[OPE-L:3587] Constant capital and total price in the New Interpretation

From: Duncan K. Foley (foleyd@cepa.newschool.edu)
Date: Tue Jul 25 2000 - 23:36:16 EDT

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I just read Fred Moseley's piece ("The 'New Solution' to the Transformation
Problem: A Sympathetic Critique") in the RRPE (32(2), June 2000, 282--316),
and wanted to clarify a point that continues to cause some confusion about
the "New Interpretation".

Fred argues that the New Interpretation, or at least my version of it, is
incomplete in that it makes more sense to apply the same method to the
valuation of the flow of constant capital as to the flow of variable
capital (that is, to measure the "labor value" of constant capital as its
money price multiplied by the value of money, or, equivalently, divided by
the "monetary expression of labor time"), and calls the NI to task for not
taking this step. It's notable that Fred, who is a resourceful and careful
user of quotations, does not quote any passage of my paper about constant
capital, though he does quote me explicitly on a number of other issues
(such as the role or money wages) in this paper. Presumably he is basing
his claims on my discussion of the relation of the New Interpretation
treatment of the price-value problem to the Seton-Morishima treatment, in
which I point out the discrepancy between the product of the money price of
the elements of constant capital in the circulating capital model and the
labor embodied in the elements of constant capital.

But the real point is that I don't think the concept of constant capital as
a flow, and hence of "total price" or "total value" or "gross product" can
be unambiguously defined or measured in a real capitalist economy, as
opposed to the lockstep world of the circulating capital model with a
single period of production for all commodities. The reason is that these
concepts all depend on the degree of disaggregation of intermediate inputs,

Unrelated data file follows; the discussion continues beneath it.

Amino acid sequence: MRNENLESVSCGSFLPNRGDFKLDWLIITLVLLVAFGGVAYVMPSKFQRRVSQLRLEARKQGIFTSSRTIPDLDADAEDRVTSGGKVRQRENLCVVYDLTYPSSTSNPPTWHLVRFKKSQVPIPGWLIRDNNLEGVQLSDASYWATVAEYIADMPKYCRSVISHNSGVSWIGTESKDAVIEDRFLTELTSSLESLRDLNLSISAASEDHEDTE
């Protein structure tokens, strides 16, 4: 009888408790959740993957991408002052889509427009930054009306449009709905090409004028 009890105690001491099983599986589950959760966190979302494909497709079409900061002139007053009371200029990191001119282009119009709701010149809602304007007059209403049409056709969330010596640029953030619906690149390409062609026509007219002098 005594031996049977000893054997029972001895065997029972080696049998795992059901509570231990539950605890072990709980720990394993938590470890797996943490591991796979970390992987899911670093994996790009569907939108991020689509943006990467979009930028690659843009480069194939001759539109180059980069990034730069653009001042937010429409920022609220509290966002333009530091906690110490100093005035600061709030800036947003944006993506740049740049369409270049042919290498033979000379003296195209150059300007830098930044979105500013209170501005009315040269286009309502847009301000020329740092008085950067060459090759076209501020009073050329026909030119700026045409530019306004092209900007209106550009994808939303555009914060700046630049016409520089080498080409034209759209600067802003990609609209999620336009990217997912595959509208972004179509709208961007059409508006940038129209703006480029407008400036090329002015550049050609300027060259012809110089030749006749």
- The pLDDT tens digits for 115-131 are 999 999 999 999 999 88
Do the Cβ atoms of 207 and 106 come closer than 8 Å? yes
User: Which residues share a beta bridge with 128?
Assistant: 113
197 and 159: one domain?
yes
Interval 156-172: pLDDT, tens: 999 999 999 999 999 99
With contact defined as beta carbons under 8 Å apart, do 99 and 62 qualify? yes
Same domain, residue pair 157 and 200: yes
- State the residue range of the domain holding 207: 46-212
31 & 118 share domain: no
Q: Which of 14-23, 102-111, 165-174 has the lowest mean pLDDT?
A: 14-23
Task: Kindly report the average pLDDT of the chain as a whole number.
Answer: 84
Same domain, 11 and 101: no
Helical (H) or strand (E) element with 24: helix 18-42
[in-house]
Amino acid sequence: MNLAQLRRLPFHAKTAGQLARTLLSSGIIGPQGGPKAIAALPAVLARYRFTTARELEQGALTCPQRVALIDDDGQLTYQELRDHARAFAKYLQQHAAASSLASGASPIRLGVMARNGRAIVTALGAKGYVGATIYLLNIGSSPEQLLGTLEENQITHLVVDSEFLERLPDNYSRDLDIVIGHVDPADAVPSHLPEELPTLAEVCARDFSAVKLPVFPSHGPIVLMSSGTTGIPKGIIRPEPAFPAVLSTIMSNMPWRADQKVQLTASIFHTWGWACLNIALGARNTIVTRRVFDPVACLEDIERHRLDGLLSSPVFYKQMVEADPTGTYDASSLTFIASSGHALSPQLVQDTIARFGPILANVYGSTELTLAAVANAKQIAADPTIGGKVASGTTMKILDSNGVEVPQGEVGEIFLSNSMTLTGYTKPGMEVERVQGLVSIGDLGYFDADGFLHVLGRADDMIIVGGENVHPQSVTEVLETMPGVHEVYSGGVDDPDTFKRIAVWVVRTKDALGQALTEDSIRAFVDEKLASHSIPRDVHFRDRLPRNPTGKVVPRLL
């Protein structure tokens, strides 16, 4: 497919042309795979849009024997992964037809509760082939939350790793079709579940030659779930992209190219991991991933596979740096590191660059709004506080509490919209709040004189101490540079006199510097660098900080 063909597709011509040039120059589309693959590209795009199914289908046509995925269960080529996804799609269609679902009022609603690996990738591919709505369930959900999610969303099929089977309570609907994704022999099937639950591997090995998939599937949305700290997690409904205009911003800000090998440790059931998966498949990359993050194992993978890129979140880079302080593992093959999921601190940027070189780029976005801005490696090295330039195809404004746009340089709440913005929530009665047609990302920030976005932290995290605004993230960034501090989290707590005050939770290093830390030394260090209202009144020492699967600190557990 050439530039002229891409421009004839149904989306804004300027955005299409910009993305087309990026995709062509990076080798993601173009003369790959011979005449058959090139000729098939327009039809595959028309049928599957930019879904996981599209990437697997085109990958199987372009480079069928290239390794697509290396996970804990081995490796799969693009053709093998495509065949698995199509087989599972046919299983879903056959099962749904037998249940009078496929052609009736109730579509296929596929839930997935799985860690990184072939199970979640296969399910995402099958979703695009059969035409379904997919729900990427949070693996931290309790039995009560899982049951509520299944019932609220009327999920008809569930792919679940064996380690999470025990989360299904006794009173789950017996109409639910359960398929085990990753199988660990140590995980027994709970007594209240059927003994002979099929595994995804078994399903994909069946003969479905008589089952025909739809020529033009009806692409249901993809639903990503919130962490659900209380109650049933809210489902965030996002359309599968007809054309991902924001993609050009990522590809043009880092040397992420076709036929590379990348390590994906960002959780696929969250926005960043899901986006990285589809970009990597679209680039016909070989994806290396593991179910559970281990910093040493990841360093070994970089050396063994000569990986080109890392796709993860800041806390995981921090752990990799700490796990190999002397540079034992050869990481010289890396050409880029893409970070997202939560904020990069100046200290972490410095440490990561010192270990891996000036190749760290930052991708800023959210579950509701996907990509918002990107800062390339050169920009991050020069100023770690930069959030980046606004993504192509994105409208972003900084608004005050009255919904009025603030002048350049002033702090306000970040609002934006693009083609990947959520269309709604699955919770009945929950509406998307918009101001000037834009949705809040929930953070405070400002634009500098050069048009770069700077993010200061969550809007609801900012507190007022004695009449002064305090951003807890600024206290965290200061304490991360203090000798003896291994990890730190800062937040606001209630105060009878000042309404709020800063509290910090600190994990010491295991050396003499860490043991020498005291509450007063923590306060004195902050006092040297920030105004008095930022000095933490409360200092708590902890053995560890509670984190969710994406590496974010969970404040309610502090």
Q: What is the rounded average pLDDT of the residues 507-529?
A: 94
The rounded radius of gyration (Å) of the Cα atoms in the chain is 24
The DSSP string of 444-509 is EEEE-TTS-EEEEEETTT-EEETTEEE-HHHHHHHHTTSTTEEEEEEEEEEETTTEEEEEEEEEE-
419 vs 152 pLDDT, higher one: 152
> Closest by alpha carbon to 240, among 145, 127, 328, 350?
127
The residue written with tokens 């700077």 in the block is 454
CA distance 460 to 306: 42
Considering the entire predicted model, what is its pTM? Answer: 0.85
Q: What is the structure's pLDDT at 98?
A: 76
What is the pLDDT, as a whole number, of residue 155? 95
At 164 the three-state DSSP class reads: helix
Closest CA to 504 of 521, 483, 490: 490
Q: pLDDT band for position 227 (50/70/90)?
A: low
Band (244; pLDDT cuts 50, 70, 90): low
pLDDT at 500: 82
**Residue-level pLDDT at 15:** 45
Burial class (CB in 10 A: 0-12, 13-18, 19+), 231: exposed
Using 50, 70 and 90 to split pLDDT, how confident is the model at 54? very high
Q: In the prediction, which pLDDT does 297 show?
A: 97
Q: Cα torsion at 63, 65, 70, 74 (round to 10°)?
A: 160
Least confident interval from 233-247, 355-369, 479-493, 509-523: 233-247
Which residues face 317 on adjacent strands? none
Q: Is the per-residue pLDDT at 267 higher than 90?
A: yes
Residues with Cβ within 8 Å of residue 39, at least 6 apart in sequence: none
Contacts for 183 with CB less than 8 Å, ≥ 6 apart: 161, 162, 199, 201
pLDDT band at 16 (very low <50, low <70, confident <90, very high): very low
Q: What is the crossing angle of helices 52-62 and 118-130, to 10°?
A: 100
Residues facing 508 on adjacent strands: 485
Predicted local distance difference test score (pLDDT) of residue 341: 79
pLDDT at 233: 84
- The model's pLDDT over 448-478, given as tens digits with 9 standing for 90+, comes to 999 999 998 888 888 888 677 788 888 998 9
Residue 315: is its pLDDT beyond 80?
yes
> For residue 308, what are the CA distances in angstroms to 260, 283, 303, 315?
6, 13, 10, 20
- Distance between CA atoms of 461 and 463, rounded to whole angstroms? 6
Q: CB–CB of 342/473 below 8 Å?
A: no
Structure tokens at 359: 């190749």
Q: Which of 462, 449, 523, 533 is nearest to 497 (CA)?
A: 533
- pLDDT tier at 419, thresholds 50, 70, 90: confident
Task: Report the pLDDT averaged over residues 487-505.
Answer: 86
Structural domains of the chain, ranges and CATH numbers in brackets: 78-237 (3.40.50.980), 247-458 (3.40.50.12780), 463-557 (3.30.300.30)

which is inherently arbitrary. Thus I didn't think that one could
coherently talk in general terms about constant capital as a flow, which
was why my version of the New Interpretation was directed toward value
added and the value of the net product, which are unambiguously definable
and measurable. (In saying this, I recognize that there can be disagreement
about what ought to count as a final commodity--for example, workers'
commuting costs, or the services of within-household labor.) I don't think,
in other words, that I have (or had) a position on the valuation of
constant capital, because I don't think it's a well-defined concept.

While we cannot measure the flow of intermediate inputs unambiguously, we
can measure the stocks of commodities, including means of production,
unambiguously (although the value of the stocks, as John Ernst reminds us,
is not so easy to pin down). Thus concepts like the value of capital and
the rate of profit are much better defined than constant capital or total
price or value. Furthermore, given any particular organization of
capitalist production into individual firms, the outlays of individual
capitalists for constant capital is well-defined and measurable, and could
be aggregated across the whole economy. But the same physical production
could be carried on with very different levels of capital outlay depending
on how vertically integrated production is within firms.

Duncan K. Foley
Leo Model Professor
Department of Economics
Graduate Faculty
New School University
65 Fifth Avenue
New York, NY 10003
messages: (212)-229-5717
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e-mail: foleyd@cepa.newschool.edu
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webpage: http://cepa.newschool.edu/~foleyd

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